Staying Fit with Arthritis

 Get tips for starting and sticking with an exercise routine to help you stay healthy when you have arthritis or a related condition. 

Studies show an engaged patient is a healthier patient. Staying fit and focused on your health and wellness, and remaining accountable for it, is one of the most important things to managing your arthritis. Our experts share their experiences and best insights for starting and sticking with an exercise routine.
Tips for Approaching Your Workout

It’s especially important if you’re just starting to work out. Ramping up slowly not only helps to avoid injury and exhaustion, but it also increases your chances of sticking with your routine.

Some discomfort is normal when exercising, but it should be minimal – about a 2 on a scale of 1 to 10. If you experience more discomfort or a sharp feeling, stop. You may need to do decrease your time and intensity and slowly build it up. You can get much of the same benefits from three 10-minute walks as you can from one 30-minute walk.

Working out with a friend can help keep you on track with your fitness goals. Studies show that, in addition to the social benefits, exercising with others can provide motivation and help keep you accountable.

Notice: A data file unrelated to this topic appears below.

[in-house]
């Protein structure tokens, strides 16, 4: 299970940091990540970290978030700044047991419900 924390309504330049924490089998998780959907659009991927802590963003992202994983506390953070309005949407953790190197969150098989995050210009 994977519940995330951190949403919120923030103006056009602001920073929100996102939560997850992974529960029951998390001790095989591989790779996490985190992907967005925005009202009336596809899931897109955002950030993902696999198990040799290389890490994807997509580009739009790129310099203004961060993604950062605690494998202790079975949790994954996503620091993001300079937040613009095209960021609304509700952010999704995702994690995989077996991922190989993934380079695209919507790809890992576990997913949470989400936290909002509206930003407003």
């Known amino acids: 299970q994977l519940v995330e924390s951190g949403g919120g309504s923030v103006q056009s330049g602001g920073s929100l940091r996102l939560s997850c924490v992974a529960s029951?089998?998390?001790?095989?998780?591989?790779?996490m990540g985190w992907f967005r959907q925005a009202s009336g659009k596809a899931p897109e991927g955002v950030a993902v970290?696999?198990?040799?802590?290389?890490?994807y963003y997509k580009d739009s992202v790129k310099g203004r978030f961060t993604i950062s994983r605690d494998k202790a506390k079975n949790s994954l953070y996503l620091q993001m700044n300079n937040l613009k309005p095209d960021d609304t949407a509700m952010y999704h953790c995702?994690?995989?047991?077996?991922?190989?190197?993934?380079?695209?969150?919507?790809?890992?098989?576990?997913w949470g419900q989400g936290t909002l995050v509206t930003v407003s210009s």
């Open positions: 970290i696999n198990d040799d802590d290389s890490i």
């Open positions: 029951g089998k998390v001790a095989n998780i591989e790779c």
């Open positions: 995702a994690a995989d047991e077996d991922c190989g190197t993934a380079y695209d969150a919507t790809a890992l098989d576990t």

Modify moves, and if possible, equipment to meet your specific needs. For example, many exercises can be done while seated as opposed to standing, which can prove helpful on days when you have more pain and/or less energy. Equipment modifications could include using a slightly deflated exercise ball to make it more stable to lie on, or wrapping jump ropes, dumbbells or other handles in foam tape, like tennis grip tape, to make them easier and more comfortable to grip.

Our feet swell as we walk and work out, so it’s best to shop for fitness footwear after we’ve been on the go for a while. Choose shoes with solid ankle support and shoes should be comfortable immediately and require zero “break-in” time. 

Look for a physical therapist or certified personal trainer who has experience working with others who have arthritis. They can help with modifications and create a workout customized to your needs.

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